First-Line Nilotinib Not Recommended for Unresectable, Metastatic GISTs

Neither progression-free nor overall survival is improved in patients with gastrointestinal stromal tumours given first-line nilotinib compared with those given imatinib

medwireNews: Compared with imatinib , survival outcomes are not improved with nilotinib treatment in patients with previously untreated unresectable or metastatic gastrointestinal stromal tumours (GISTs), shows the final analysis of a head-to-head trial comparing the two agents.

Indeed, trial accrual was terminated prematurely after the futility boundary was crossed during a planned interim analysis, with results favouring imatinib, the researchers say in The Lancet Oncology.

At 24 months, the progression-free survival (PFS) rate was significantly lower in the 324 participants randomly assigned to receive the second-generation tyrosine kinase inhibitor nilotinib than in the 320 imatinib-treated patients, at 51.6% versus 59.2%.

Patients given nilotinib also fared poorly in terms of overall survival (OS) at 24 months, with a rate of 81.8% in the nilotinib arm and 90.0% in the imatinib one, which was again a significant difference.

And mortality was higher in nilotinib-treated patients than in those given imatinib, with 56 and 32 deaths recorded in either treatment arm, respectively.

When GIST mutation subtypes were taken into consideration, PFS remained poorer with nilotinib treatment than with imatinib for participants with wild-type tumours and those with KIT exon 9 mutations.

But the proportion of patients with KIT exon 11 mutations who achieved PFS was “roughly similar” in both treatment groups, say Jean-Yves Blay, from Centre Léon-Bérard in Lyon, France, and co-authors, cautioning, however, that these results could be biased in favour of nilotinib as a result of “informative censoring”, especially after the interim analysis.

They conclude: “Based on the results of this trial, nilotinib cannot be recommended for the first-line treatment of patients with advanced GIST, but future studies might be able to identify specific subsets of patients who could benefit from this treatment.”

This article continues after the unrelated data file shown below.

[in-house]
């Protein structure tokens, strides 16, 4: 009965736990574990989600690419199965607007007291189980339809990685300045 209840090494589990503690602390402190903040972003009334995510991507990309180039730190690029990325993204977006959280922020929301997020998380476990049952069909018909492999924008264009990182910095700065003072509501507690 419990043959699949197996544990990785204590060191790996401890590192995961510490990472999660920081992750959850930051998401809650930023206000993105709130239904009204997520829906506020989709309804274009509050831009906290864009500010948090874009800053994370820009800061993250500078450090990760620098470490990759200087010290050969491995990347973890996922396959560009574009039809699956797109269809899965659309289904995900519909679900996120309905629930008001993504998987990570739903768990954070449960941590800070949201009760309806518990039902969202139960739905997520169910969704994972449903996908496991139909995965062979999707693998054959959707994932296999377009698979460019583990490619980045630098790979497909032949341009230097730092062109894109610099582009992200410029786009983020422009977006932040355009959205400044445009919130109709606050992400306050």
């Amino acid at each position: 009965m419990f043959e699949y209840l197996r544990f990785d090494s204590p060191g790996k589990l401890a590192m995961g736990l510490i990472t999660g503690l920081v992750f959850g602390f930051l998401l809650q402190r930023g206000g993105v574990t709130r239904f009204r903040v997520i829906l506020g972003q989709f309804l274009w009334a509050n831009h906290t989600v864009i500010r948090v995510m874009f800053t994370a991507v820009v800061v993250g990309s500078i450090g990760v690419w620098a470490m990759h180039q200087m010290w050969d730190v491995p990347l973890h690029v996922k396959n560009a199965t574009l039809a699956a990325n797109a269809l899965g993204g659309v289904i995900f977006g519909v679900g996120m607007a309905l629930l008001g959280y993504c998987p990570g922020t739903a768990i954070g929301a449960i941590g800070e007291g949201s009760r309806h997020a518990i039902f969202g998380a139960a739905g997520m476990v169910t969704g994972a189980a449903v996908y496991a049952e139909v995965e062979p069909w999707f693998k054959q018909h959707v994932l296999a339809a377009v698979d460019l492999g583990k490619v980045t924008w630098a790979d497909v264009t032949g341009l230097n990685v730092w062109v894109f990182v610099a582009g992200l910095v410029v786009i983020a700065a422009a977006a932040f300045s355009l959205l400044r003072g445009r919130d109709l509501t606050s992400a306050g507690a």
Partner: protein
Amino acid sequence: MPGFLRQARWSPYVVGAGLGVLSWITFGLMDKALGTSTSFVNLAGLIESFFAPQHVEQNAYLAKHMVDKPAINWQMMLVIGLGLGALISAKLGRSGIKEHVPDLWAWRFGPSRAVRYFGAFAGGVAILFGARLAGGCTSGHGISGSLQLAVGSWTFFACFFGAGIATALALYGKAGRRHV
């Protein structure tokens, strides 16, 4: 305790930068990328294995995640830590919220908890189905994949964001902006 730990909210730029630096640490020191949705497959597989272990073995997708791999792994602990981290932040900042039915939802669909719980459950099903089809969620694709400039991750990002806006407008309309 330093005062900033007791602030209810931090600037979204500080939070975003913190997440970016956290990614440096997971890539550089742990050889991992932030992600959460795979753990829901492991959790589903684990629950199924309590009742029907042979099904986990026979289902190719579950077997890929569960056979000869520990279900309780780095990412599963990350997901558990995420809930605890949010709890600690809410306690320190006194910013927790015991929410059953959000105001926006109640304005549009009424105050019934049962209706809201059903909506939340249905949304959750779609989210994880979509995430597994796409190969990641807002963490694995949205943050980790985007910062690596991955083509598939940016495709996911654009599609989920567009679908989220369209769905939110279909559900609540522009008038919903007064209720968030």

In a linked commentary, Xavier Garcia del Muro, from Institut Català d’Oncologia in Barcelona, Spain, commends the study authors on their “bold” approach, but says that the conclusions leave “no doubt” that “at present, imatinib should be the first-line treatment for patients with advanced GIST, irrespective of the genotype they harbour”.

“Consequently, the only option available today to enhance first-line therapeutic results in everyday medical practice is to optimise imatinib treatment”, he writes, and suggests monitoring plasma imatinib levels in poor responders and improving adherence as potential methods to optimise therapy.

Nonetheless, he believes that despite the negative findings, nilotinib should not be “discarded from the treatment of GIST”, adding: “The potential of nilotinib in specific populations should be explored in greater depth.”


Blay J-Y, Shen L, Kang Y-K, et al. Nilotinib versus imatinib as first-line therapy for patients with unresectable or metastatic gastrointestinal stromal tumours (ENESTg1): a randomised phase 3 trial.Lancet Oncol 2015; Advance online publication 13 April. doi:10.1016/S1470-2045(15)70105-1

del Muro XG. Nilotinib, imatinib, and GIST therapy. Lancet Oncol 2015; Advance online publication 13 April. doi:10.1016/S1470-2045(15)70179-8

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